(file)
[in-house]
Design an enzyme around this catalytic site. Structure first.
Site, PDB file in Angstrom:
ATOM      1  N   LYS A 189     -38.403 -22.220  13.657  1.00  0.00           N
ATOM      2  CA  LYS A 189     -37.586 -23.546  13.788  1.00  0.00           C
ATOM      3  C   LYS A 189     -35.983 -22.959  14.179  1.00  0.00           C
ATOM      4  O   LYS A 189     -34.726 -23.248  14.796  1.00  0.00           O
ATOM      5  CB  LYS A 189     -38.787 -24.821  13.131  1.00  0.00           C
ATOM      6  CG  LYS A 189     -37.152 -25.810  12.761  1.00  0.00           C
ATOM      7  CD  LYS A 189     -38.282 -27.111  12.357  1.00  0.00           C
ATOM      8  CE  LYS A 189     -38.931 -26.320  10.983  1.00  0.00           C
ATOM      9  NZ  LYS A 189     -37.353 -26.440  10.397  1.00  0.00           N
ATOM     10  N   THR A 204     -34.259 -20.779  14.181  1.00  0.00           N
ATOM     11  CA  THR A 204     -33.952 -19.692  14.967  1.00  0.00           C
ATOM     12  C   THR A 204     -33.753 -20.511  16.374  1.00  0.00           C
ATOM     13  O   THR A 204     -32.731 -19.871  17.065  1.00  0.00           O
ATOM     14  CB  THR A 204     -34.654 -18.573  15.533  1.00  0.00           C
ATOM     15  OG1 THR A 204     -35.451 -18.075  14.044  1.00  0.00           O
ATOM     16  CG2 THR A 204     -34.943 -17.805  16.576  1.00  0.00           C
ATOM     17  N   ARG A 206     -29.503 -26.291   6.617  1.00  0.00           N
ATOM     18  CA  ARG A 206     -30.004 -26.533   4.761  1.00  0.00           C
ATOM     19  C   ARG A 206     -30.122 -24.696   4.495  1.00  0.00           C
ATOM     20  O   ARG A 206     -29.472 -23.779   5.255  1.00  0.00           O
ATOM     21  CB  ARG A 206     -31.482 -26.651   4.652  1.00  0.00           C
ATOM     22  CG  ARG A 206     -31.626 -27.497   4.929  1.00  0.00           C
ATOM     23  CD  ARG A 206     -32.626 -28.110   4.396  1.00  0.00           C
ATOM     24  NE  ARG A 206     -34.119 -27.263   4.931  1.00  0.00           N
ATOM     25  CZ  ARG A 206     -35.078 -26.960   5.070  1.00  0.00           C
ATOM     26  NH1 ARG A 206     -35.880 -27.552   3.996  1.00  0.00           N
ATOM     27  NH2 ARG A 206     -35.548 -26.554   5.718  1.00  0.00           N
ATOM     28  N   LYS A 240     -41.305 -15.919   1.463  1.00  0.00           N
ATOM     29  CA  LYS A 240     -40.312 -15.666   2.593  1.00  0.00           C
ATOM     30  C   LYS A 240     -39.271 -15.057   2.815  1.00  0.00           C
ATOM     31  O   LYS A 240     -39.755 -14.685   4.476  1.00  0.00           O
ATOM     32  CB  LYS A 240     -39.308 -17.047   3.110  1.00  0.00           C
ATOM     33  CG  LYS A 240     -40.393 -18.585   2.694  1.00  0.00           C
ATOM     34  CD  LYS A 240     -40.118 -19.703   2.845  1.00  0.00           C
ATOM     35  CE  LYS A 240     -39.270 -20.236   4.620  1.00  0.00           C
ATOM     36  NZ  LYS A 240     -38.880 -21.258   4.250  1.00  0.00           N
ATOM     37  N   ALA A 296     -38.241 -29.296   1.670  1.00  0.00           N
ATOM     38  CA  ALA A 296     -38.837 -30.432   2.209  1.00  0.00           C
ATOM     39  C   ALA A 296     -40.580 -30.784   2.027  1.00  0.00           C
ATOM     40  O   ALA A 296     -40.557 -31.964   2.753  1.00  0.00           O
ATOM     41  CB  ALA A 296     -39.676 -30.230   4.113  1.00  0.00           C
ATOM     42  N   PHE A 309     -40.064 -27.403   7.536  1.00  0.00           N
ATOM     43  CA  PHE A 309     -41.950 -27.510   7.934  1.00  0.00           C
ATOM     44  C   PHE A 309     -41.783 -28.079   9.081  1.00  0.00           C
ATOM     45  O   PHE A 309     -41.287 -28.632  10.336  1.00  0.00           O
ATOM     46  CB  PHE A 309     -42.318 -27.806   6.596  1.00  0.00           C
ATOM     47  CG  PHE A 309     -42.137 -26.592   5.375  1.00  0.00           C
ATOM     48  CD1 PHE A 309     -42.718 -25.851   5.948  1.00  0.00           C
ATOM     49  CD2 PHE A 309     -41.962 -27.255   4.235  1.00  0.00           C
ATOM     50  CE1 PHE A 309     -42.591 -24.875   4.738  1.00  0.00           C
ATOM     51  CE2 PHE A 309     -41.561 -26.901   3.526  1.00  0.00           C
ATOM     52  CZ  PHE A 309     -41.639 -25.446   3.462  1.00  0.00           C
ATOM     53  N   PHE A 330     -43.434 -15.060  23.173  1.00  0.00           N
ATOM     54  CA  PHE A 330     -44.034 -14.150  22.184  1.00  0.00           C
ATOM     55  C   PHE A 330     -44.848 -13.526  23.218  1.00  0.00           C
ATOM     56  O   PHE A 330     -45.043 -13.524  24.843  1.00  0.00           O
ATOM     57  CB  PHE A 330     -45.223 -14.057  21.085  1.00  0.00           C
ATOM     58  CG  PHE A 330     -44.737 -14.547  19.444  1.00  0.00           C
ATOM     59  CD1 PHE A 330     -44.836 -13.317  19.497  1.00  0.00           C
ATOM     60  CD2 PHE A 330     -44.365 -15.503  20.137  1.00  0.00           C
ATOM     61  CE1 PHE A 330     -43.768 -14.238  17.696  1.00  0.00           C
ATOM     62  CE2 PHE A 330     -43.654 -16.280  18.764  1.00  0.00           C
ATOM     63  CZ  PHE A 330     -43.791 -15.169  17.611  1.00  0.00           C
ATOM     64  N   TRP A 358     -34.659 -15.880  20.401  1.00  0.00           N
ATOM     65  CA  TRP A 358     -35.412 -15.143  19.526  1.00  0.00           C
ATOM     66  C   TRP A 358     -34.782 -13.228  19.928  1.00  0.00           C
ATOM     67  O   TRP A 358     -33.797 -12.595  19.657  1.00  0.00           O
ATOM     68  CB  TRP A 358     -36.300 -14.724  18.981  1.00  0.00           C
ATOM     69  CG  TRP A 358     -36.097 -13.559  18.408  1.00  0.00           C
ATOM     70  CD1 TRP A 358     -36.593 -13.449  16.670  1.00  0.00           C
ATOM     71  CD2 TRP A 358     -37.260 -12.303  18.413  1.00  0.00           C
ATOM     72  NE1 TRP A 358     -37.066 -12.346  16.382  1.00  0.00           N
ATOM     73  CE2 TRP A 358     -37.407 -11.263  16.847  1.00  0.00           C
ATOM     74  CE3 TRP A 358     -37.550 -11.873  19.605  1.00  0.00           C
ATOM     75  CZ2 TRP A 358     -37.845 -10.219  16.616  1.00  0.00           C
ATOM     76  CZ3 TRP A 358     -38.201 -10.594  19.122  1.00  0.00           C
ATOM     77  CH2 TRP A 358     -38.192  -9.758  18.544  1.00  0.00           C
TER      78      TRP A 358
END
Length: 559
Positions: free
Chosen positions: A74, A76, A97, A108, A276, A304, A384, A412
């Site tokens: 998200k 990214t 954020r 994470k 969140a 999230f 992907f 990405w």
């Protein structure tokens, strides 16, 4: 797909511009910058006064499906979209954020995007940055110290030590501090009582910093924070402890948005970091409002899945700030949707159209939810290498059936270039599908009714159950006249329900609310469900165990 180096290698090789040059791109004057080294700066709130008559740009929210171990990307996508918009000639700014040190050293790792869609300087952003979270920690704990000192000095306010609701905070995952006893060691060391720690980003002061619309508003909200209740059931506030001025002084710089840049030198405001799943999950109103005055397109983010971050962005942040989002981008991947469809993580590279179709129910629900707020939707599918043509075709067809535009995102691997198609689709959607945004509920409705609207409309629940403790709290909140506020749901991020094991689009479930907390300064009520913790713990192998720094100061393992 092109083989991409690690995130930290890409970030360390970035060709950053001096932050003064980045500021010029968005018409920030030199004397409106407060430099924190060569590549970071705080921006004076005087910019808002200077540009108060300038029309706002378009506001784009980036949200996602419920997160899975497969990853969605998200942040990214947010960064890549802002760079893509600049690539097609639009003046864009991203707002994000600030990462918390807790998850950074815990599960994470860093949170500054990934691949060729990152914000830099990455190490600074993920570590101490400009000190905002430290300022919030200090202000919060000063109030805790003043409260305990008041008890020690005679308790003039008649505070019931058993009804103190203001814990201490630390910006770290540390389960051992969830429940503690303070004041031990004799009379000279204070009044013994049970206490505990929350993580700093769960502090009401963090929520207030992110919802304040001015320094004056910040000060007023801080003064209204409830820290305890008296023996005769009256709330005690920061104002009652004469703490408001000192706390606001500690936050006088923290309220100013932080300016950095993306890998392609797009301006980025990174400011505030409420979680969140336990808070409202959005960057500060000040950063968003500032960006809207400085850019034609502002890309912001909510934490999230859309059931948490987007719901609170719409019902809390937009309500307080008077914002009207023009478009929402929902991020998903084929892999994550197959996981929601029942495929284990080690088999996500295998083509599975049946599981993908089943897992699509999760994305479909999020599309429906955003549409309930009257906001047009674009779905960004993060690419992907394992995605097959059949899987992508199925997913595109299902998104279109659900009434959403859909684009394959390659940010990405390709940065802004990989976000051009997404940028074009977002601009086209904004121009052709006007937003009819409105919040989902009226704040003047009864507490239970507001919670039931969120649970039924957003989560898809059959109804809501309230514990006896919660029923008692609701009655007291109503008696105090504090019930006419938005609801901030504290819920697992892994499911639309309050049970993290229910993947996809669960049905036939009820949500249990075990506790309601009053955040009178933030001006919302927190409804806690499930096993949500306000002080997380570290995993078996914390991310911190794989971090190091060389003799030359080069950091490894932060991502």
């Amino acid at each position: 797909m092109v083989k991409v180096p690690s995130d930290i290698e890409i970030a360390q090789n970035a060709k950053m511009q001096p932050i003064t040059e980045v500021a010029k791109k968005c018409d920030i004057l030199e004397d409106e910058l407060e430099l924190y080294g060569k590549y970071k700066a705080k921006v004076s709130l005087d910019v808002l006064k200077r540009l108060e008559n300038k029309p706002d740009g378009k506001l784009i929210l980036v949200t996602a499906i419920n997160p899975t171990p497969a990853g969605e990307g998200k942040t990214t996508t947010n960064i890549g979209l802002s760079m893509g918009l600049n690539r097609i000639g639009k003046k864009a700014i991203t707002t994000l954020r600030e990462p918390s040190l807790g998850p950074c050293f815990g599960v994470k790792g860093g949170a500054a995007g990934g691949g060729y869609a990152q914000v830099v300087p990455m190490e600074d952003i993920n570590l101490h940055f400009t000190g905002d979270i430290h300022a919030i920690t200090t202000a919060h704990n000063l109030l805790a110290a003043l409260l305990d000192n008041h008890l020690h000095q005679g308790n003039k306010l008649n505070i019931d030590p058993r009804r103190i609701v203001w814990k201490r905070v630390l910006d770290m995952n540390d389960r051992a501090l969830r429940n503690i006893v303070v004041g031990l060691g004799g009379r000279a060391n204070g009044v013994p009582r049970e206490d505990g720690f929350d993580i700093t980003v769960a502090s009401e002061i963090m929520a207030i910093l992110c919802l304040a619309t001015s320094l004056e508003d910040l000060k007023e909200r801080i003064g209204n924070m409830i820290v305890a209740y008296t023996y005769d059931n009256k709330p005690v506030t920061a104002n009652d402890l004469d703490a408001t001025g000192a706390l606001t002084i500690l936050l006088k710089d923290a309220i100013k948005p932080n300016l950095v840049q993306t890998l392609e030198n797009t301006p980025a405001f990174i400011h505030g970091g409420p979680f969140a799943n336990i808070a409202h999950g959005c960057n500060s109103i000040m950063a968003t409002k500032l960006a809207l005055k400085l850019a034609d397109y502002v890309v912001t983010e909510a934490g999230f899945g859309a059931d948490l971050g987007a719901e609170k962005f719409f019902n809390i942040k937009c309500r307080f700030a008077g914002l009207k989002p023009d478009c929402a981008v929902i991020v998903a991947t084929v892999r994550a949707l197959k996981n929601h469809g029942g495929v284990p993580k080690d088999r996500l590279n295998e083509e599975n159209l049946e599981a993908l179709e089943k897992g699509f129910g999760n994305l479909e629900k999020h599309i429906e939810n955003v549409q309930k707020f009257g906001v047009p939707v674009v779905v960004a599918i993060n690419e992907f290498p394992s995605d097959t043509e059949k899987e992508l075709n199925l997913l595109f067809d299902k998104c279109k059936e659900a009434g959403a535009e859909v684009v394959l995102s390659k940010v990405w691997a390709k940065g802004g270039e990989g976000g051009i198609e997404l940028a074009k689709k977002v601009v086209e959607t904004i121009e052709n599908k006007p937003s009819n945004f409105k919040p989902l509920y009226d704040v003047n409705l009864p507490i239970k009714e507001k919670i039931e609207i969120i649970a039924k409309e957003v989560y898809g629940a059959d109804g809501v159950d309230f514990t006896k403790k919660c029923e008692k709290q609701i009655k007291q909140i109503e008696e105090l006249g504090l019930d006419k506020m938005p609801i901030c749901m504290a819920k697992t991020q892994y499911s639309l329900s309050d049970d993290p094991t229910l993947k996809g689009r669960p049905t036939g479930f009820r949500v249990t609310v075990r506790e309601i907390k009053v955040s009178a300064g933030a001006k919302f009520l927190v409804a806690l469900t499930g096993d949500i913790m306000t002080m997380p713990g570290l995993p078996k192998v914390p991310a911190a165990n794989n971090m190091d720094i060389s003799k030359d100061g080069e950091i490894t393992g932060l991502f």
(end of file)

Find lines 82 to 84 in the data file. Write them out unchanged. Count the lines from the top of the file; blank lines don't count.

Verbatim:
END
Length: 559
Positions: free